Posted on July 2nd, 2012 by Rachel
A blog post by LSS Archaeology Intern Karen Bishop.
A few weeks ago a few of my fellow interns and I tagged along on a lighting meeting with a representative from Sylvania light bulbs, who are helping the museum phase out the use of incandescent light. While touring the basement of the Lloyd Street Synagogue one bulb in particular caught everyone’s eye– the bulb lighting the mikveh (a bath used for ritual purification).
The lighting specialist was very intrigued, and although he didn’t know its exact age, he guessed it was at least from the 1920’s. You can clearly see the looped path of the filament and the pointed tip of the glass bulb indicates that it was likely hand-blown. Jobi is sending a few photos to a specialist who hopefully will be able to tell us its exact age. It is amazing that it still works considering it is turned on and off every time The Synagogue Speaks exhibition is opened for the public, four days a week!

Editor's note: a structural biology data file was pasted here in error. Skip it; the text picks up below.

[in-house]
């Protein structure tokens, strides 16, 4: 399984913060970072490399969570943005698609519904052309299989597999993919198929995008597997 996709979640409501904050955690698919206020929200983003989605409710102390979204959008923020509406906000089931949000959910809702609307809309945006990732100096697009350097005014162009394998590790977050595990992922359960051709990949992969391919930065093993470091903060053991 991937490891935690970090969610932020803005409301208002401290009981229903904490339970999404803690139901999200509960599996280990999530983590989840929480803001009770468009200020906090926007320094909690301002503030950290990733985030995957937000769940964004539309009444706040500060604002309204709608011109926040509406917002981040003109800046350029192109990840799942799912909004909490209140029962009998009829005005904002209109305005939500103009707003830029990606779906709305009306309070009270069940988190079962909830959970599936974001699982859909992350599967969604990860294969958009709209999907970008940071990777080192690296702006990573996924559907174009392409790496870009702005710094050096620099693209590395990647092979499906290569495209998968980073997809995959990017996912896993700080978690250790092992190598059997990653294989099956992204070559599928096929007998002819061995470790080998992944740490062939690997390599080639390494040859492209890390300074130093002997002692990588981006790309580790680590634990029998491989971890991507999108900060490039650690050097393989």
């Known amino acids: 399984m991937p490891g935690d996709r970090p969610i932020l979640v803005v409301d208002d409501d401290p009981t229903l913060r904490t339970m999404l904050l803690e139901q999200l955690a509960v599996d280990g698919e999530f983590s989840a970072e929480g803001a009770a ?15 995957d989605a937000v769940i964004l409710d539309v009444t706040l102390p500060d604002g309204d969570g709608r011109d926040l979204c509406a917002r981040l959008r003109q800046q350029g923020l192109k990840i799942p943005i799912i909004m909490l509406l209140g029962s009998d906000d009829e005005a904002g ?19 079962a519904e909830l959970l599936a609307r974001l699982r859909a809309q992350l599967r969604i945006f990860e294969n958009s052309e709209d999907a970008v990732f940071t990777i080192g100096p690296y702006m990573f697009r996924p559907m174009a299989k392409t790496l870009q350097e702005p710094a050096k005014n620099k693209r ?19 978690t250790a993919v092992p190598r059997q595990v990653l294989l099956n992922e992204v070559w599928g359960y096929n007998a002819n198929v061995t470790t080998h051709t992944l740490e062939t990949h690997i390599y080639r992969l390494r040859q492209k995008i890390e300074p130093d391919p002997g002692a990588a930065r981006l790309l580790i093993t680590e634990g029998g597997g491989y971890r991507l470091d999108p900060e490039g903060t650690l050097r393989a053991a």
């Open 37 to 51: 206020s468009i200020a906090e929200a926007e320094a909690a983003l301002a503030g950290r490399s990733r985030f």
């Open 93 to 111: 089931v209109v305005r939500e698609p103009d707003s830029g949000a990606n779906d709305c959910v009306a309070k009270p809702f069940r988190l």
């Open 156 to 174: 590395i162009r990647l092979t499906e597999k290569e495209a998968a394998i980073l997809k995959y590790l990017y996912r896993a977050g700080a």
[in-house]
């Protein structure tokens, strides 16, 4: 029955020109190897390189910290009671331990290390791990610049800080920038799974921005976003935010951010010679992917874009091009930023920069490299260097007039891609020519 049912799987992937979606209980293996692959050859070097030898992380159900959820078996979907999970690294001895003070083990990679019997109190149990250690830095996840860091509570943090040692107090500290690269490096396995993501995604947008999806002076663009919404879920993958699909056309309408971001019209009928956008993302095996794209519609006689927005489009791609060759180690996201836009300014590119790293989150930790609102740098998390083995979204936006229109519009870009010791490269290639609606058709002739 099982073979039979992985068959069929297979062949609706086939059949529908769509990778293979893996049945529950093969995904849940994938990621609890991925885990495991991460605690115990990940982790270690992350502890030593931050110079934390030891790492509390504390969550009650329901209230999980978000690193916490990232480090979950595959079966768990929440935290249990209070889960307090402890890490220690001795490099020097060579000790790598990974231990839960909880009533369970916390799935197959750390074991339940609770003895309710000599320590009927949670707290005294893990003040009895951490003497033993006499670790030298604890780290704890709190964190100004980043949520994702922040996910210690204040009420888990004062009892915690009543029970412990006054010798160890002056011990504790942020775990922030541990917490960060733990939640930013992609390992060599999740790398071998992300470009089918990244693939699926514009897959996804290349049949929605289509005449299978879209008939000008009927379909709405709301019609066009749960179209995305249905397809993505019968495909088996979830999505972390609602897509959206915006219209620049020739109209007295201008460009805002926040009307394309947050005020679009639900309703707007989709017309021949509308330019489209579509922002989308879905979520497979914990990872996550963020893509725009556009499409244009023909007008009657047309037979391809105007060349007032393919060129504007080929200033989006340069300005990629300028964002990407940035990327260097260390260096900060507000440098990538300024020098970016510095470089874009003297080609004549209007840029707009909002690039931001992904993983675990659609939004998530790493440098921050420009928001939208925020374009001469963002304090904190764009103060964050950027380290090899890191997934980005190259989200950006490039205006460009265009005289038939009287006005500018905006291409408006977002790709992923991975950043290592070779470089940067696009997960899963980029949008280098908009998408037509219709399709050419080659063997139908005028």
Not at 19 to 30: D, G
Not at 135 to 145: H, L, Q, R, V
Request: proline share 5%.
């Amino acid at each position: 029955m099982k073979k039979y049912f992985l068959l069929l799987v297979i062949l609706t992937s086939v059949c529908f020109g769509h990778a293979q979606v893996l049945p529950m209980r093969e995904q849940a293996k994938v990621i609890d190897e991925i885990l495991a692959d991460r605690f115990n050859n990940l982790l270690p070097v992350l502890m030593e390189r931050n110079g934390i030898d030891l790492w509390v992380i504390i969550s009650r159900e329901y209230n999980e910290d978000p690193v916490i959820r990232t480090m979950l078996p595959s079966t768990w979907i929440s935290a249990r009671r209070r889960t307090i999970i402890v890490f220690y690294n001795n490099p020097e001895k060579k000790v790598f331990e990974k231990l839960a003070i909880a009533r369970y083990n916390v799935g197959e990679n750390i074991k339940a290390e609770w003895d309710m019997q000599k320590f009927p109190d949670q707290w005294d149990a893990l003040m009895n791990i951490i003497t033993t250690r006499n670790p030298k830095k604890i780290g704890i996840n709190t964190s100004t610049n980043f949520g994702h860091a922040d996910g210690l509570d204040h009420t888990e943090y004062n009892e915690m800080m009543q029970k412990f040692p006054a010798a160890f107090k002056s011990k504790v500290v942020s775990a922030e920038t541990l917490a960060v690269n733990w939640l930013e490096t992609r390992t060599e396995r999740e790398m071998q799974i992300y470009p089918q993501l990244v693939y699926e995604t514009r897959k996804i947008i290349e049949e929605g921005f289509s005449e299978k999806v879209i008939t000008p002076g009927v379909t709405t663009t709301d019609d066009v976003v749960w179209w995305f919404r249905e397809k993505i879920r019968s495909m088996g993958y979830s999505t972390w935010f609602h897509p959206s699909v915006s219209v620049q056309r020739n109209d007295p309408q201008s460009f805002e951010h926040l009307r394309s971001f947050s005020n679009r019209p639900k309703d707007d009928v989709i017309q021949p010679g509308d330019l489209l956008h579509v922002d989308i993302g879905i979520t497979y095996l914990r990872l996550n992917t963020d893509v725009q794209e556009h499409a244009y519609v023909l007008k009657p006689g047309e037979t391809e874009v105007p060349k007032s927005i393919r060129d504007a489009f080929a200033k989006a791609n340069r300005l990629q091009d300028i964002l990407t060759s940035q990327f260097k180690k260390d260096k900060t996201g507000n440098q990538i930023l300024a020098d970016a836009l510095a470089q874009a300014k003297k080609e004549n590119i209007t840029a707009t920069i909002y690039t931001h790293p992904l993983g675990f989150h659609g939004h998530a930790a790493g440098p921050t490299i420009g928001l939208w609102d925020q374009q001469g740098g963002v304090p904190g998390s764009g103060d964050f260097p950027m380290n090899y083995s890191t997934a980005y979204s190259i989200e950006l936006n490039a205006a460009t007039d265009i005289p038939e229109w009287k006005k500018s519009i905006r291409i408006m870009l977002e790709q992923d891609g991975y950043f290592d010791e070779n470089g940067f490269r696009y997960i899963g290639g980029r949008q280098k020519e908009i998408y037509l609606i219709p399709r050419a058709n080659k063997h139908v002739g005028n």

My and Kierra’s main project for the summer is to inventory the contents of the Lloyd Street Synagogue. Most of the time we are detailing old records and reconciling object numbers and photographs. The mikveh light bulb is an interesting surprise, as we will get to do some research and make a new record for it. As of now we’re not sure where the light came from or how long it’s been screwed into its current location.